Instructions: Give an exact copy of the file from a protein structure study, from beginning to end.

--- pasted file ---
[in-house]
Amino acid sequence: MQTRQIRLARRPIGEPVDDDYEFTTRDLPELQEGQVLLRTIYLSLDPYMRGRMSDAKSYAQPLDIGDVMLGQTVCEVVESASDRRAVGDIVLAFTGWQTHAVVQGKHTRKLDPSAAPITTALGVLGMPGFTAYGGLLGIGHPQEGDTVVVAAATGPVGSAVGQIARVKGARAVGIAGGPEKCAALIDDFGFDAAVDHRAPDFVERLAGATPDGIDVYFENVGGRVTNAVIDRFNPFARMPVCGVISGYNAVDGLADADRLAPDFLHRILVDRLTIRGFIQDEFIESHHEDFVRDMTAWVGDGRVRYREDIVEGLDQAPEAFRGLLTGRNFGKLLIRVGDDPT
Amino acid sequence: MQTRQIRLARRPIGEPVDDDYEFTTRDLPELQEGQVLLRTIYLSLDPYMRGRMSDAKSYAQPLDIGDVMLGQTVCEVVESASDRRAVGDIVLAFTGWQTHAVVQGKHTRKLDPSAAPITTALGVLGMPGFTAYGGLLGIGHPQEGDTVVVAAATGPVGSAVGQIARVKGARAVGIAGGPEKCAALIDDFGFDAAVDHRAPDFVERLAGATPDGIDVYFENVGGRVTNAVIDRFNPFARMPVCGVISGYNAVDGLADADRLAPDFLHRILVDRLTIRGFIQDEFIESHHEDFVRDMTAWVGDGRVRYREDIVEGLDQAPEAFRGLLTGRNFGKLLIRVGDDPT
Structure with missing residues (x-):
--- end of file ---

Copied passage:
[in-house]
Amino acid sequence: MQTRQIRLARRPIGEPVDDDYEFTTRDLPELQEGQVLLRTIYLSLDPYMRGRMSDAKSYAQPLDIGDVMLGQTVCEVVESASDRRAVGDIVLAFTGWQTHAVVQGKHTRKLDPSAAPITTALGVLGMPGFTAYGGLLGIGHPQEGDTVVVAAATGPVGSAVGQIARVKGARAVGIAGGPEKCAALIDDFGFDAAVDHRAPDFVERLAGATPDGIDVYFENVGGRVTNAVIDRFNPFARMPVCGVISGYNAVDGLADADRLAPDFLHRILVDRLTIRGFIQDEFIESHHEDFVRDMTAWVGDGRVRYREDIVEGLDQAPEAFRGLLTGRNFGKLLIRVGDDPT
Amino acid sequence: MQTRQIRLARRPIGEPVDDDYEFTTRDLPELQEGQVLLRTIYLSLDPYMRGRMSDAKSYAQPLDIGDVMLGQTVCEVVESASDRRAVGDIVLAFTGWQTHAVVQGKHTRKLDPSAAPITTALGVLGMPGFTAYGGLLGIGHPQEGDTVVVAAATGPVGSAVGQIARVKGARAVGIAGGPEKCAALIDDFGFDAAVDHRAPDFVERLAGATPDGIDVYFENVGGRVTNAVIDRFNPFARMPVCGVISGYNAVDGLADADRLAPDFLHRILVDRLTIRGFIQDEFIESHHEDFVRDMTAWVGDGRVRYREDIVEGLDQAPEAFRGLLTGRNFGKLLIRVGDDPT
Structure with missing residues (x-):